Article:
What is Naāndi?

Naāndi is an urban farming community driven passionately by the ethos of “agro culture & sustainable organic farming”. Naāndi, Sanskrit for ‘the start’ is our first step towards change, a small attempt to connect to the lost thread of value systems and technologies native to our land, harmonizing it to the today’s necessities. In the evolution of our culture disconnect to our roots and indigenous knowledge systems inevitably happened as most of us moved away from our native occupation of farming. This drifting away happened over 3-4 generations now. In this cultural shift Naāndi is the first step towards a new paradigm of living, a lifestyle of sustainable collective farming for urban dwellers. It offers the very best of both worlds – “an urban lifestyle along with finer nuances of rural life”. It not only brings together the best of rural and urban lifestyles but also offers a rare platform to indulge in living.

We at Naāndi believe that emancipation lies in reversing this cycle of ‘taking’ to ‘giving back’ to create a balance. ‘Naāndi’ is a beginning to achieve this balance.

The Naāndi paradigm of building communities is also sustainable as it moves from a consumer mindset to a producer’s with the following objectives at its helm-

  • To design and create a producer culture community that is based on self reliant closed loop systems to meet its requirements.
  • To design a community that is net-zero in terms of its energy usage.
  • To achieve sustainability in all the three realms of running a community 1. People, 2. Profits and 3. Planet. Triple bottom line sustainability.

Along with the vision of creating sustainable infrastructure our project aims at becoming a community that strives to help build social harmony. When two different sections of societies work together with a collective goal it exposes each other to the other’s knowledge systems, cultures and lifestyles. We believe that this would break the social barrier between the two which eventually will help in taking away the dichotomy of divide between the different sections of the society.

Over a period of time Naāndi - “India’s first collective farming community”, aims at creating a ripple of change in the surrounding communities inspiring, advocating and bolstering ‘change’ to help in the conservation and enhancement of ecology of the neighboring areas.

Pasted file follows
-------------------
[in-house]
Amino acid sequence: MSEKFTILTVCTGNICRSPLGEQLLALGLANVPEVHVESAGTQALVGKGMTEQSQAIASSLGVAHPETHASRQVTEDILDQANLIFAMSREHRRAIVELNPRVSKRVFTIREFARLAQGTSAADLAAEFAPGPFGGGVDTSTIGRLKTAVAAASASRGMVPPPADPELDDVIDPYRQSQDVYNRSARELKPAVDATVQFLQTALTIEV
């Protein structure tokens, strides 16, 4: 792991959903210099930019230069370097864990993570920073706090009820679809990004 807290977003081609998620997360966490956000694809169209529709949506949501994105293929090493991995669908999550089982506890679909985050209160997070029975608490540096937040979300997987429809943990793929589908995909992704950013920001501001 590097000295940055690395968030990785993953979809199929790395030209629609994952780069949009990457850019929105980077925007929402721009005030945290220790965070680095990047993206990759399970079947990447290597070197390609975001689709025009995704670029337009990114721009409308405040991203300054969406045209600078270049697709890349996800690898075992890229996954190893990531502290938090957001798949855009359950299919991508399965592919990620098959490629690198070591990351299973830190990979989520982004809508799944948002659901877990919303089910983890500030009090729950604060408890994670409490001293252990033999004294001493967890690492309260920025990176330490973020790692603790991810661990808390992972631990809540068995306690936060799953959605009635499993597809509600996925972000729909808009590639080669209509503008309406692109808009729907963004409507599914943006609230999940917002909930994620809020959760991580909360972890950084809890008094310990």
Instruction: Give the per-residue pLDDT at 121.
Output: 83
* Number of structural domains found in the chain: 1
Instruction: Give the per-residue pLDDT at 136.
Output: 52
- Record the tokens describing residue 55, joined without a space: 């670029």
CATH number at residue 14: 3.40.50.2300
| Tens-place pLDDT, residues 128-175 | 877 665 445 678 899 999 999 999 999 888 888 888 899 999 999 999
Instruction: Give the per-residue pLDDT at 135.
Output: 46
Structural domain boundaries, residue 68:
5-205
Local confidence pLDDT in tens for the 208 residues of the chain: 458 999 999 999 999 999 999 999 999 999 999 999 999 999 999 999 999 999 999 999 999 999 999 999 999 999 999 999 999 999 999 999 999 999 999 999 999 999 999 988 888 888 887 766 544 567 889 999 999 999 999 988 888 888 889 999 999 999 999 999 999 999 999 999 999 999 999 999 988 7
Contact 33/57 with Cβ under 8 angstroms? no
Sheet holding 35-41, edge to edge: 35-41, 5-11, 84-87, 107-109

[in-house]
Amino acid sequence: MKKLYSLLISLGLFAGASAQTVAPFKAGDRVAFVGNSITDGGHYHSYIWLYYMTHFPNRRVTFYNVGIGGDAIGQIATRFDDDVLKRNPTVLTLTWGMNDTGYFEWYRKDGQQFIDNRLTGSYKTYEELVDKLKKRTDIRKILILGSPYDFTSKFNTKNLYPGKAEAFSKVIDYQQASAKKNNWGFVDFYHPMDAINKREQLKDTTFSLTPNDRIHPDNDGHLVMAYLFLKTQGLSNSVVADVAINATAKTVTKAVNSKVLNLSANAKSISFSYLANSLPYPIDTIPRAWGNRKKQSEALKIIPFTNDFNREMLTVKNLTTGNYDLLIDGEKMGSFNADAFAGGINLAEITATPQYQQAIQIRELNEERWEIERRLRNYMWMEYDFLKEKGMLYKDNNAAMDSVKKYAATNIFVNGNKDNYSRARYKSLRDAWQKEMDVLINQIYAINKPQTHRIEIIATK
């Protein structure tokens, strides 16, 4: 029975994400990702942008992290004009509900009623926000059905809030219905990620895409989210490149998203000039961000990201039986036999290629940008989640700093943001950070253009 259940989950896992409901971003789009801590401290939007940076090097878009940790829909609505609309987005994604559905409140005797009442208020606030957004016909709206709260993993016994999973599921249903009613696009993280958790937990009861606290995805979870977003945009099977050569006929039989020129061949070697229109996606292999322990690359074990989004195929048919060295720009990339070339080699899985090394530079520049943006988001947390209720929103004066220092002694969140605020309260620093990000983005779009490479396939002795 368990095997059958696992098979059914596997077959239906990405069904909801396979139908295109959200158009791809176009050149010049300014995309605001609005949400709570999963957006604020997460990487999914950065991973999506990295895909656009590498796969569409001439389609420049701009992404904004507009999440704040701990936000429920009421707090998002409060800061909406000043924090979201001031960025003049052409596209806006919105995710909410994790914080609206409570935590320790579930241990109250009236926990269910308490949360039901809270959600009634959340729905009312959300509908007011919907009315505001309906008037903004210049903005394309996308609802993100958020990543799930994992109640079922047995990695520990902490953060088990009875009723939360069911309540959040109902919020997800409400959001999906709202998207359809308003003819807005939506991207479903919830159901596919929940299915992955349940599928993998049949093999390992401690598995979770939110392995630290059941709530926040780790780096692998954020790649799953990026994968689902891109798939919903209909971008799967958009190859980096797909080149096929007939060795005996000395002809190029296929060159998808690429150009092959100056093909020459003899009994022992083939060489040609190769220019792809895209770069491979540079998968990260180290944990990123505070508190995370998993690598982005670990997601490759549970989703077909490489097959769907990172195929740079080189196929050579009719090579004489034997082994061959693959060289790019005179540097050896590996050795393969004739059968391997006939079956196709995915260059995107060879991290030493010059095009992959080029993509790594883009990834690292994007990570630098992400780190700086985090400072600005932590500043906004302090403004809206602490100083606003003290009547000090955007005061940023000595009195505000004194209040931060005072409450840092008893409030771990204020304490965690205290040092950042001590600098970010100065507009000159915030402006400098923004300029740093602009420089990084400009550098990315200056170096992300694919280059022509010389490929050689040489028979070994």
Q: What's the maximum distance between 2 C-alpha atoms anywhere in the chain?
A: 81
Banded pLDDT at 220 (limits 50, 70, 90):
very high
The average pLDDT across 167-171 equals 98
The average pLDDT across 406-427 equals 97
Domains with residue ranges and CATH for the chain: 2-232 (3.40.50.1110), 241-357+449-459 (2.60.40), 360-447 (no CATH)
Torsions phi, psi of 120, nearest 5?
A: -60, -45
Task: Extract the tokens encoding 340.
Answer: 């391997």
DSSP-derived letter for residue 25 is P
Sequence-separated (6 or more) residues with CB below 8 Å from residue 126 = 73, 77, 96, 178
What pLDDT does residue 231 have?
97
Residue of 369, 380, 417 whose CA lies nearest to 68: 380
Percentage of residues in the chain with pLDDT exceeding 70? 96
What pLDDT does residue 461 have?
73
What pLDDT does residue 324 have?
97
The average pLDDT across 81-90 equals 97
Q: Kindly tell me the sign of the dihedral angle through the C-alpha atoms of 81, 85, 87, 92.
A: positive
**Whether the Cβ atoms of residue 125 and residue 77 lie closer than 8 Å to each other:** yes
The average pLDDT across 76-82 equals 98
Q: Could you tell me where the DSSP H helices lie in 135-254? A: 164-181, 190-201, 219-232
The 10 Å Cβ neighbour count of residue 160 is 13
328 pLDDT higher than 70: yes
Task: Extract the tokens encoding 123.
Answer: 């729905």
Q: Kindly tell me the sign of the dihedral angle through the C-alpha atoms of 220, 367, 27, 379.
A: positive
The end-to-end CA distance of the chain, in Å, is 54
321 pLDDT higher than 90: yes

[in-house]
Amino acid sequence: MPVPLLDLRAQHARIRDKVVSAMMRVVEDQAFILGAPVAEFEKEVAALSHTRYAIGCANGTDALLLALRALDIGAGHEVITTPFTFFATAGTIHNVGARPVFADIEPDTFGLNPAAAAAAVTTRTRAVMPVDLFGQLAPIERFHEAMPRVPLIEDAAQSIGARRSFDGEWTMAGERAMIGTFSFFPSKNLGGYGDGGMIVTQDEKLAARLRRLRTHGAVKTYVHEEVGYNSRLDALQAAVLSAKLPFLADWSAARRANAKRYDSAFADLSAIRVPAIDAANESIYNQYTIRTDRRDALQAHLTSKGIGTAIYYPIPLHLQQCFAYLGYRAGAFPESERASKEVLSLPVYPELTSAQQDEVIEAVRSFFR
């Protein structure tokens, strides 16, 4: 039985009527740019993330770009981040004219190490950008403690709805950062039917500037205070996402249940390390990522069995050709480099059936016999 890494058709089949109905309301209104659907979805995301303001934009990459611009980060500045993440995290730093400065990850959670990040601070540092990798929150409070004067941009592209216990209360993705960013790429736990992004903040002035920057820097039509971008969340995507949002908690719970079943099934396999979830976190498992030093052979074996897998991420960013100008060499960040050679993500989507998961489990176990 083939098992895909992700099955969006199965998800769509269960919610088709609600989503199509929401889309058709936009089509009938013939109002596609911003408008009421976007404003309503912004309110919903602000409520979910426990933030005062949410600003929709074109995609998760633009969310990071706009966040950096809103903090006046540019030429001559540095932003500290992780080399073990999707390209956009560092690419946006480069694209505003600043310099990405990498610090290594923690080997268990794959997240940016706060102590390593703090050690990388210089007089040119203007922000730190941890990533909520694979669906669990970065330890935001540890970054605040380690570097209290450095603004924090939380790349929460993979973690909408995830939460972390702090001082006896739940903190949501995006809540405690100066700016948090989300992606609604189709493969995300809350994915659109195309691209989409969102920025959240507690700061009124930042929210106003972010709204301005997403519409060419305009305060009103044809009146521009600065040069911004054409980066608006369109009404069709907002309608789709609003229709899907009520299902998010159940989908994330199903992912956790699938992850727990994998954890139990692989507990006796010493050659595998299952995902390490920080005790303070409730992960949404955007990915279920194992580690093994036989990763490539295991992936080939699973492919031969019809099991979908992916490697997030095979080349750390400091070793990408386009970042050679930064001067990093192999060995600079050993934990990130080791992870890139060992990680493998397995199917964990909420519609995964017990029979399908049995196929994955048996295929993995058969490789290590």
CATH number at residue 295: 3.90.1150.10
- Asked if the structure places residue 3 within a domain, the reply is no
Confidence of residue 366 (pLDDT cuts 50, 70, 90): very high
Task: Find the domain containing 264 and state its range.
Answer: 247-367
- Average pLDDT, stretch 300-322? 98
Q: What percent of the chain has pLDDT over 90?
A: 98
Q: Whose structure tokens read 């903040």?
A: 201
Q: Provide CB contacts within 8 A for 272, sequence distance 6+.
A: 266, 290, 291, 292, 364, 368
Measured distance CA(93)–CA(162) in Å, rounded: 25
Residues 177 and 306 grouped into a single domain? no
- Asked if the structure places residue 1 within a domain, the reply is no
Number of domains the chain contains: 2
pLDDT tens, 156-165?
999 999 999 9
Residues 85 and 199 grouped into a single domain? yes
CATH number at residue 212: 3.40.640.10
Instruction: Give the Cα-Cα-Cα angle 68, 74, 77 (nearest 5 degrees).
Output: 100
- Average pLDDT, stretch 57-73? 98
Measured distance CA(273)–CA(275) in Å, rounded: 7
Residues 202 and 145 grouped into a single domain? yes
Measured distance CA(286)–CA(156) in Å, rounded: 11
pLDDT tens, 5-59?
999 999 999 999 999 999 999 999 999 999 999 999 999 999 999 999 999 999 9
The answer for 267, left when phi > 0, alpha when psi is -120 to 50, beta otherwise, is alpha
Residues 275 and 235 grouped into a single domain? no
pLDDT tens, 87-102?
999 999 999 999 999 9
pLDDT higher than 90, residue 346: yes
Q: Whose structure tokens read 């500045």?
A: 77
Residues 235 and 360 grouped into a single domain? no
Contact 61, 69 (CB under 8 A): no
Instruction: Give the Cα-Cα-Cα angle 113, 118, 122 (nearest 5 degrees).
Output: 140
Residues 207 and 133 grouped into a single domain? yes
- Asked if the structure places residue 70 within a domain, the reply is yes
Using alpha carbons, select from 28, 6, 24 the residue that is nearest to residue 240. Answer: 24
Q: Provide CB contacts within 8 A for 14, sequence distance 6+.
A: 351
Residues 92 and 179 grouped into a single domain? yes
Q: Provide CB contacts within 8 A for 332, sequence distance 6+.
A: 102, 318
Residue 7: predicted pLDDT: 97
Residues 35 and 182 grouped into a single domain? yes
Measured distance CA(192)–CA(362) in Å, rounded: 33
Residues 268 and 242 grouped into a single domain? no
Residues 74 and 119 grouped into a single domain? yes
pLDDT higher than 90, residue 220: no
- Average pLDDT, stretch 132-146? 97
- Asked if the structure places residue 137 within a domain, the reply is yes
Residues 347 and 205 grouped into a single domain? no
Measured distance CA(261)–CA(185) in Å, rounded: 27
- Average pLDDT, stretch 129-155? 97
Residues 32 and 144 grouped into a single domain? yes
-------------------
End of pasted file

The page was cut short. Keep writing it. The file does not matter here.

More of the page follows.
To whom is Naāndi for?

Naāndi is for those who are looking for an alternative to urban lifestyle. A lifestyle that respects nature and its resources, a lifestyle that is self-sustaining and healthy. Naāndi is an alternative to urban dwellers who are used to all the urban comforts and conveniences yet have a keen interest in sustainable farming and healthy lifestyles. Naāndians breaks away from regular paradigms of living which is dependent on the grid for supplies; they belong to a producer paradigm. They belong to a society of people who are looking to add value in all the realms of life like social, personal, family, health and passion.

Why collective farming?

Collective farming is a farmer’s community that shares farming related infrastructure while enjoying the fruits of collective living. Farming is a laborious job, which includes a number of small tasks that need to be done right for results. As it is, farming is an unforeseen process where there are varied number of unanticipated issues of pests, irregular plant growth and supply of nutrition which only becomes adverse with conventional supply of power, water and labor each of which have their own set of uncertainties and irregularities. A sustainable collective farming community would be designed to effectively counter all these conditions with a benefit of a healthy choice of living.

Naāndi Collective Farming Individual Farming
  • Common farm infrastructure is shared by its residents
  •  Grid-free power sourcing
  •  Pooling of knowledge systems
  •  Regular hassle free up-keep and maintenance
  •  Sharing of profits and loss
  •  Water security is ensured as water harvesting and conservation works effectively for large areas.
  •  Expert care for the farm, energy, water and every aspect of the farm and living
  •  Active community that is run by professionals with process driven approach.
  •  Reliable work force in the farm due to the   structured incentivized employment with a proper growth ladder.
  • High investment cost on farm infrastructure
  •  Unreliable grid power in the semi-urban areas
  •  High maintenance and upkeep costs
  •  High costs to employ experts and having no knowledge systems in the diverse farm fields.
  •  High chances of getting rundown if in-active for a small period of time.
  • Maintenance of urban lifestyle in rural setting does not satisfy all the age groupsof a family
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